West Indies wicket-keeper Jeff Dujon (left) waves a stump at the crowd, whilst Viv Richards puts his arm around team mate Malcom Marshall as they celebrate with the rest of a victorious team (Photo by PA Images via Getty Images)

The West Indies during their 1980s glory days. (Photo by PA Images via Getty Images)

They were blessed to be able to virtually replace Viv with an heir apparent in Brian Lara but when you are also trying to find another Greenidge, Dujon, Marshall and Haynes, it becomes too much. 

Untested players were thrown to the wolves in the form of the rising Australian side and even though the Windies of the late 90s contained Lara, Ambrose, Walsh and very good complementary players like Jimmy Adams and Shivnarine Chanderpaul, the tide had well and truly turned. 

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After the 2-1 series loss on home soil, the passing of the torch was confirmed when they came to Australia in 1996-97 and Taylor led his side to a 3-2 triumph with the Windies saving face in the final match at Perth, which up until Sunday was their most recent win Down Under.

The problem the Windies faced when their legends were getting to the end of their career is the dilemma that confronts the Australian selectors of today. 

There was nobody better to select than Richards, Marshall, Greenidge and Haynes, who all played well into their 30s.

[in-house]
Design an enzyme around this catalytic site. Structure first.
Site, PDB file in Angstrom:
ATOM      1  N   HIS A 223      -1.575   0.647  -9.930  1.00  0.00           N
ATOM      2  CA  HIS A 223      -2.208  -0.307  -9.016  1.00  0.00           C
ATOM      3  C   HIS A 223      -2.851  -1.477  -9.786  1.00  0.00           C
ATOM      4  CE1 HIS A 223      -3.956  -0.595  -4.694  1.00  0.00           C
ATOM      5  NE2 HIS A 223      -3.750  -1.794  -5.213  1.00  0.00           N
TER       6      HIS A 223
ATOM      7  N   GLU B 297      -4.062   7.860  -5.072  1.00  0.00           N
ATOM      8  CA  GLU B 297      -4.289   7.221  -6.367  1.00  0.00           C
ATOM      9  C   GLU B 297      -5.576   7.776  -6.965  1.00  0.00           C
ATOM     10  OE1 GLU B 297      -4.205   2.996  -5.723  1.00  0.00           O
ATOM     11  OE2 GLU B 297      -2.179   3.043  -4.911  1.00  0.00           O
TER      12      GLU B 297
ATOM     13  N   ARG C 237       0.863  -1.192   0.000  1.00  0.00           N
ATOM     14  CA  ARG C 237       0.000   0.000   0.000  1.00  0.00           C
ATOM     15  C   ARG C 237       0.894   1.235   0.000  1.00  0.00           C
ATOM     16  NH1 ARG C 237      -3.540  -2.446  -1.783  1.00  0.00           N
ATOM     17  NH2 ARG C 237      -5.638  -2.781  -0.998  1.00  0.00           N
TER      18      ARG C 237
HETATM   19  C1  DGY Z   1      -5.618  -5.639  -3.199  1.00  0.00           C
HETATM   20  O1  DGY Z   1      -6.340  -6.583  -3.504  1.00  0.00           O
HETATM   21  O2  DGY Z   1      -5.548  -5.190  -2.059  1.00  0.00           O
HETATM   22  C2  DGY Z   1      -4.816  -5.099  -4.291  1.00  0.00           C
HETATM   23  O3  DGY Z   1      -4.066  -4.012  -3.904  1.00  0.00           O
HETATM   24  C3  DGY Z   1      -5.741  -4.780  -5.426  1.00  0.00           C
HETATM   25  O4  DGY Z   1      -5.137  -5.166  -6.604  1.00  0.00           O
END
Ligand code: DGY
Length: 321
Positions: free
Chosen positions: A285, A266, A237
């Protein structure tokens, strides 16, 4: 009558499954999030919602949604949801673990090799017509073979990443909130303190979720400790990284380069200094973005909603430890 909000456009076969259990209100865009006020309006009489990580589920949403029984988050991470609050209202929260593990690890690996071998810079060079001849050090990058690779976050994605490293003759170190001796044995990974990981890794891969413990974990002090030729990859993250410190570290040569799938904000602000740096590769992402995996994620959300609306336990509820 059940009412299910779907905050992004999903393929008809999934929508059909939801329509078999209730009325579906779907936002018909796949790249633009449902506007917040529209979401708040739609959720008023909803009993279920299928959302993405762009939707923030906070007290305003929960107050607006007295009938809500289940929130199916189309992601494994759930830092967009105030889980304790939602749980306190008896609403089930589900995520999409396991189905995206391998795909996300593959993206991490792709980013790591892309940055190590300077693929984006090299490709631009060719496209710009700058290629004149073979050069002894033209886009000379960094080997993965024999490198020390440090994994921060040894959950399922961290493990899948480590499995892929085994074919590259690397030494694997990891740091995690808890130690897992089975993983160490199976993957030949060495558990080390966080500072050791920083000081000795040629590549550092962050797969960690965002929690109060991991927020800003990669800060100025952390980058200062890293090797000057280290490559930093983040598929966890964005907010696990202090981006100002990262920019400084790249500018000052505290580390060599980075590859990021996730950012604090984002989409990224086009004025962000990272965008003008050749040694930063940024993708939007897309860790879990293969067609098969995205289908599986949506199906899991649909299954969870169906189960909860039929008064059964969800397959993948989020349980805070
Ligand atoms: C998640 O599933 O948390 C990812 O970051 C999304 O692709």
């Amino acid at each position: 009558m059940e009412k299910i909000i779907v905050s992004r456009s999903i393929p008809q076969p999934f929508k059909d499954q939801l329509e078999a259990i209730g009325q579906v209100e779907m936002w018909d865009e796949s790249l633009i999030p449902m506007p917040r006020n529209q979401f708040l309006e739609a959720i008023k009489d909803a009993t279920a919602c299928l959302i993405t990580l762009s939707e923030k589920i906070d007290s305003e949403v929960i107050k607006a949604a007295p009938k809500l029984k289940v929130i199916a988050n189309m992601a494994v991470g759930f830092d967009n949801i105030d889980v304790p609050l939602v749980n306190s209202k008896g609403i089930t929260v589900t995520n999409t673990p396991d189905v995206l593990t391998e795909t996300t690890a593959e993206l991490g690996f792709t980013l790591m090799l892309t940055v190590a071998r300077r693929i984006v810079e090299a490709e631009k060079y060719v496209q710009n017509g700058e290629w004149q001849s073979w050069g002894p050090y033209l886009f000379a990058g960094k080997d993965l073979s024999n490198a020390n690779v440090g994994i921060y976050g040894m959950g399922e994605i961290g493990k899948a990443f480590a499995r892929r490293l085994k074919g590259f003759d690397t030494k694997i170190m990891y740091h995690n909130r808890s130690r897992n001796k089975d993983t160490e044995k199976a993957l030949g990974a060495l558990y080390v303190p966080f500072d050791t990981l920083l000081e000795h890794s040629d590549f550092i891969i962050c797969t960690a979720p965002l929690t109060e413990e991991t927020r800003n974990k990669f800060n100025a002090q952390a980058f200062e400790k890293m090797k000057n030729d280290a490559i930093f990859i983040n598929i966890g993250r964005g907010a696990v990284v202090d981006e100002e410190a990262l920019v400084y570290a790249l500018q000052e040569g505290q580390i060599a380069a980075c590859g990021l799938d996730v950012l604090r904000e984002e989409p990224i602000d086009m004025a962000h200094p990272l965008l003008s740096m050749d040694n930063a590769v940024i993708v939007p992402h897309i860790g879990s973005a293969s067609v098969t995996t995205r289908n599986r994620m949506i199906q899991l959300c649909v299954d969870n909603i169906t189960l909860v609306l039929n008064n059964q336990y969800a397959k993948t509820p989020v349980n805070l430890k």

Apart from perhaps Murphy, keeper Josh Inglis and emerging quick Lance Morris, there are few young players on the horizon putting the squeeze on the established Aussie stars. 

Viv bowed out after the 1991 tour of England with the final Test of that tour also the last that Marshall struck fear into the hearts of batters and Dujon performed his acrobatic feats behind the stumps.

Like the three-pronged exit of Greg Chappell, Dennis Lillee and Rod Marsh for Australia in early 1984, it was the beginning of the end for the Calypso kings.

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The current Australian selectors have demonstrated with Warner’s dwindling final couple of years of modest Test returns that (depending on your perspective), they are reluctant to tap legends on the shoulder or they will persist with all-time greats because they think they will eventually repay the faith by regaining form. 

Players like Carey and Marsh who don’t quite fall into that category can’t afford to go through a lengthy form slump as they will be more likely to be cast aside to bring in an injection of youth. 

With back-to-back marquee home summers ahead against India and England, the Australian selectors probably can’t afford to overhaul the team too much over the next two years but the risk will be that by looking after the present, they could be sacrificing the future.